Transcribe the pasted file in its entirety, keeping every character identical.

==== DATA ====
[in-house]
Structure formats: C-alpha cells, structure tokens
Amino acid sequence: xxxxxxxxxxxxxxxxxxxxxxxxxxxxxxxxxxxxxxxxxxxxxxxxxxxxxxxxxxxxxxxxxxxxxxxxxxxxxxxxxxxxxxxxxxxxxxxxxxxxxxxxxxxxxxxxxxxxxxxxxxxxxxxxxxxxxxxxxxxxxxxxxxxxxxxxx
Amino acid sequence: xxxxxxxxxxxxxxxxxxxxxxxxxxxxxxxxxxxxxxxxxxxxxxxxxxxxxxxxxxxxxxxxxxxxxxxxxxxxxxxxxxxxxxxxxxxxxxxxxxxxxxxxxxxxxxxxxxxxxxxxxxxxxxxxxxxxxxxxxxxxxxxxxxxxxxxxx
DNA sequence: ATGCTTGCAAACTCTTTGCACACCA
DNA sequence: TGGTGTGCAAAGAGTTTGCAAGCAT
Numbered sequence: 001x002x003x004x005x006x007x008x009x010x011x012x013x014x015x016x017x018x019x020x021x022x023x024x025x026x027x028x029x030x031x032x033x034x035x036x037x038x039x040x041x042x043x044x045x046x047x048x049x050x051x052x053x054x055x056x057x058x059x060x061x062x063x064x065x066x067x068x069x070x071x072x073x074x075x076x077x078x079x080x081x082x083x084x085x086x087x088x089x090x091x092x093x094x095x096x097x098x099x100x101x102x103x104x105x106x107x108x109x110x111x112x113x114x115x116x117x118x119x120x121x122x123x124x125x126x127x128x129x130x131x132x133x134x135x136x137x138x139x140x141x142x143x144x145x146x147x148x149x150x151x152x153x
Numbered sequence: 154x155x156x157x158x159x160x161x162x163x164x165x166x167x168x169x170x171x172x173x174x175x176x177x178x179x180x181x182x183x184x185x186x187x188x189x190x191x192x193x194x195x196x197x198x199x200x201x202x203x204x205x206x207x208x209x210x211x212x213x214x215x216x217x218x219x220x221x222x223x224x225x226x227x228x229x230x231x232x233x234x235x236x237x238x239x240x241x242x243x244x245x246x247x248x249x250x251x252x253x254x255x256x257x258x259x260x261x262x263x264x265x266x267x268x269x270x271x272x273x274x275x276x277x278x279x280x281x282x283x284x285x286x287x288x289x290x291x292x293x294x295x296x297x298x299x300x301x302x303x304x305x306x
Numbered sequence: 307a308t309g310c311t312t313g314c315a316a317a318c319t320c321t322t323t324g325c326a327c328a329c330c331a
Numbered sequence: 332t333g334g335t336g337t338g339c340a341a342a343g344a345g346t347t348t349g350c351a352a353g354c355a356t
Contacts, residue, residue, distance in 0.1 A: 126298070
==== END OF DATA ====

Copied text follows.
[in-house]
Structure formats: C-alpha cells, structure tokens
Amino acid sequence: xxxxxxxxxxxxxxxxxxxxxxxxxxxxxxxxxxxxxxxxxxxxxxxxxxxxxxxxxxxxxxxxxxxxxxxxxxxxxxxxxxxxxxxxxxxxxxxxxxxxxxxxxxxxxxxxxxxxxxxxxxxxxxxxxxxxxxxxxxxxxxxxxxxxxxxxx
Amino acid sequence: xxxxxxxxxxxxxxxxxxxxxxxxxxxxxxxxxxxxxxxxxxxxxxxxxxxxxxxxxxxxxxxxxxxxxxxxxxxxxxxxxxxxxxxxxxxxxxxxxxxxxxxxxxxxxxxxxxxxxxxxxxxxxxxxxxxxxxxxxxxxxxxxxxxxxxxxx
DNA sequence: ATGCTTGCAAACTCTTTGCACACCA
DNA sequence: TGGTGTGCAAAGAGTTTGCAAGCAT
Numbered sequence: 001x002x003x004x005x006x007x008x009x010x011x012x013x014x015x016x017x018x019x020x021x022x023x024x025x026x027x028x029x030x031x032x033x034x035x036x037x038x039x040x041x042x043x044x045x046x047x048x049x050x051x052x053x054x055x056x057x058x059x060x061x062x063x064x065x066x067x068x069x070x071x072x073x074x075x076x077x078x079x080x081x082x083x084x085x086x087x088x089x090x091x092x093x094x095x096x097x098x099x100x101x102x103x104x105x106x107x108x109x110x111x112x113x114x115x116x117x118x119x120x121x122x123x124x125x126x127x128x129x130x131x132x133x134x135x136x137x138x139x140x141x142x143x144x145x146x147x148x149x150x151x152x153x
Numbered sequence: 154x155x156x157x158x159x160x161x162x163x164x165x166x167x168x169x170x171x172x173x174x175x176x177x178x179x180x181x182x183x184x185x186x187x188x189x190x191x192x193x194x195x196x197x198x199x200x201x202x203x204x205x206x207x208x209x210x211x212x213x214x215x216x217x218x219x220x221x222x223x224x225x226x227x228x229x230x231x232x233x234x235x236x237x238x239x240x241x242x243x244x245x246x247x248x249x250x251x252x253x254x255x256x257x258x259x260x261x262x263x264x265x266x267x268x269x270x271x272x273x274x275x276x277x278x279x280x281x282x283x284x285x286x287x288x289x290x291x292x293x294x295x296x297x298x299x300x301x302x303x304x305x306x
Numbered sequence: 307a308t309g310c311t312t313g314c315a316a317a318c319t320c321t322t323t324g325c326a327c328a329c330c331a
Numbered sequence: 332t333g334g335t336g337t338g339c340a341a342a343g344a345g346t347t348t349g350c351a352a353g354c355a356t
Contacts, residue, residue, distance in 0.1 A: 126298070